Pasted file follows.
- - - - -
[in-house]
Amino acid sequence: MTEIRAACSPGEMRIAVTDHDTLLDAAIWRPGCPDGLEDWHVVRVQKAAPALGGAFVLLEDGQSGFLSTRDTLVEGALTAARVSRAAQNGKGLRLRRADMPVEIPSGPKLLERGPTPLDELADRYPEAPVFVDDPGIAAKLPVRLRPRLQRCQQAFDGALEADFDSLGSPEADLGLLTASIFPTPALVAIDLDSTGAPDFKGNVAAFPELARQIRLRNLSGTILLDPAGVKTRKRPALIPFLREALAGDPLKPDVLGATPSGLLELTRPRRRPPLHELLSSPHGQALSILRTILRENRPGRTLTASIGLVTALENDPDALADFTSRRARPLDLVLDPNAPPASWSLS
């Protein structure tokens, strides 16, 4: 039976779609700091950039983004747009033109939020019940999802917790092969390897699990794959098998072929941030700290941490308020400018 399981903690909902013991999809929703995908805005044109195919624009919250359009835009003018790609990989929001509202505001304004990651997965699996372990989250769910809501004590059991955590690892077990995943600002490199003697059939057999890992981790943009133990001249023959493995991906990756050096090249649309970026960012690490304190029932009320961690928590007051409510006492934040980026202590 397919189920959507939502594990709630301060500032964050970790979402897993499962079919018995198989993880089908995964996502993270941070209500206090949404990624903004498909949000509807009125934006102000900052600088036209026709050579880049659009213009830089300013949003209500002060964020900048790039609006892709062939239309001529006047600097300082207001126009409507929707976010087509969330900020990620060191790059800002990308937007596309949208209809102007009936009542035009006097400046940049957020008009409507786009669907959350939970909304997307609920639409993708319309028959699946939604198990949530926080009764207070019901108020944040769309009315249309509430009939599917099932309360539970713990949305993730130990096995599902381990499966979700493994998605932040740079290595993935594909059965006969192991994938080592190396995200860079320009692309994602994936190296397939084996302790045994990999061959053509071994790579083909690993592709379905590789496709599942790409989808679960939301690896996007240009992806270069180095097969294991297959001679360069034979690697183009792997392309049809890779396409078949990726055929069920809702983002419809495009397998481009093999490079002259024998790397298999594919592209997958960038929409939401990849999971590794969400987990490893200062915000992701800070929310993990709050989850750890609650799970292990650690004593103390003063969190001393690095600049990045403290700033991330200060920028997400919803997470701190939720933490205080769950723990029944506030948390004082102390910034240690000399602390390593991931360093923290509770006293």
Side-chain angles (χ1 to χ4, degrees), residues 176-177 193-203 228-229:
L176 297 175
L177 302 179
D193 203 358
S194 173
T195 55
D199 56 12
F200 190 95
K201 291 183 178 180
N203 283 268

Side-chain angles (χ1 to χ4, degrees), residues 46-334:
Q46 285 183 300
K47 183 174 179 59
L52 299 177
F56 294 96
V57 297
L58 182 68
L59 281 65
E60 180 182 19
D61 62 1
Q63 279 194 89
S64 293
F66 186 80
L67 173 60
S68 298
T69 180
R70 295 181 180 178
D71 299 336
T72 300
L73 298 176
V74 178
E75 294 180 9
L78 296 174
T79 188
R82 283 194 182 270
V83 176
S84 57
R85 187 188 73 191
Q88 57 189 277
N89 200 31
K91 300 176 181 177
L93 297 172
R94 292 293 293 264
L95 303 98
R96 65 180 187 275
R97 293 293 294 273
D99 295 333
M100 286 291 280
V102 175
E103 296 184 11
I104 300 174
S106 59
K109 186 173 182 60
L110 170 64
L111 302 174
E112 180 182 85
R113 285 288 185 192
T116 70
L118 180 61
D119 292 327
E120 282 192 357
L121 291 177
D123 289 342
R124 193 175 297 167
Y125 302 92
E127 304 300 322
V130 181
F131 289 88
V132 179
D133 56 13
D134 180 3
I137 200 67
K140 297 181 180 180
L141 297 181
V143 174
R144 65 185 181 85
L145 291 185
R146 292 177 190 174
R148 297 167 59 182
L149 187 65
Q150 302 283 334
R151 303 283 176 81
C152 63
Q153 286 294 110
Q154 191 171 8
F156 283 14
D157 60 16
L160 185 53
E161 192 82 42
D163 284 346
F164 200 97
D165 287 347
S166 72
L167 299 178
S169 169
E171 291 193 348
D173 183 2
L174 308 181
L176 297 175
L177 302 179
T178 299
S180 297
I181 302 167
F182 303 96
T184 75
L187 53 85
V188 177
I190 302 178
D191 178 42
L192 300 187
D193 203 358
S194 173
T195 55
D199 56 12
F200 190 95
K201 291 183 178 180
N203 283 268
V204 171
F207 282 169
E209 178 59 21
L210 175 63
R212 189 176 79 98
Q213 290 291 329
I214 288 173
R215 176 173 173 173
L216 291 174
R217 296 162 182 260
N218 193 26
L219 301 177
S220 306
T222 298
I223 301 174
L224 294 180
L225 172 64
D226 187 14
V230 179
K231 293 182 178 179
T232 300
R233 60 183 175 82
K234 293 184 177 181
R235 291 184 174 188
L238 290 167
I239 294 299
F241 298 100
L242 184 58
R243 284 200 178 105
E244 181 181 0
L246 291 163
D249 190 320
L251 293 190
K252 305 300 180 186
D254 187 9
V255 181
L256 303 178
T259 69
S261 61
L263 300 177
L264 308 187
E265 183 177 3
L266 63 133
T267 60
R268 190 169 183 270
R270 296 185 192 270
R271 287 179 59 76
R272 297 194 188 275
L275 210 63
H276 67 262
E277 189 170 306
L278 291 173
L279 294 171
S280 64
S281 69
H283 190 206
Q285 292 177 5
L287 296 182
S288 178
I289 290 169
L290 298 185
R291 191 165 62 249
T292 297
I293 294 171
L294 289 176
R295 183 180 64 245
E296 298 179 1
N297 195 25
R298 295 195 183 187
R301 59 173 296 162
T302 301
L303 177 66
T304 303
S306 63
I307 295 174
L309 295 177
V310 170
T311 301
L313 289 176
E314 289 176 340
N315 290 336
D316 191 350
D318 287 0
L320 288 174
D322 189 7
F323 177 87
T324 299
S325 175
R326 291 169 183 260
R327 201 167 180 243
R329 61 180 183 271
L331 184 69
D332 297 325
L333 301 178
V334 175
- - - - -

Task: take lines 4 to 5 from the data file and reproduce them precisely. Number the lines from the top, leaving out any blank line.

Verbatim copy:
Side-chain angles (χ1 to χ4, degrees), residues 176-177 193-203 228-229:
L176 297 175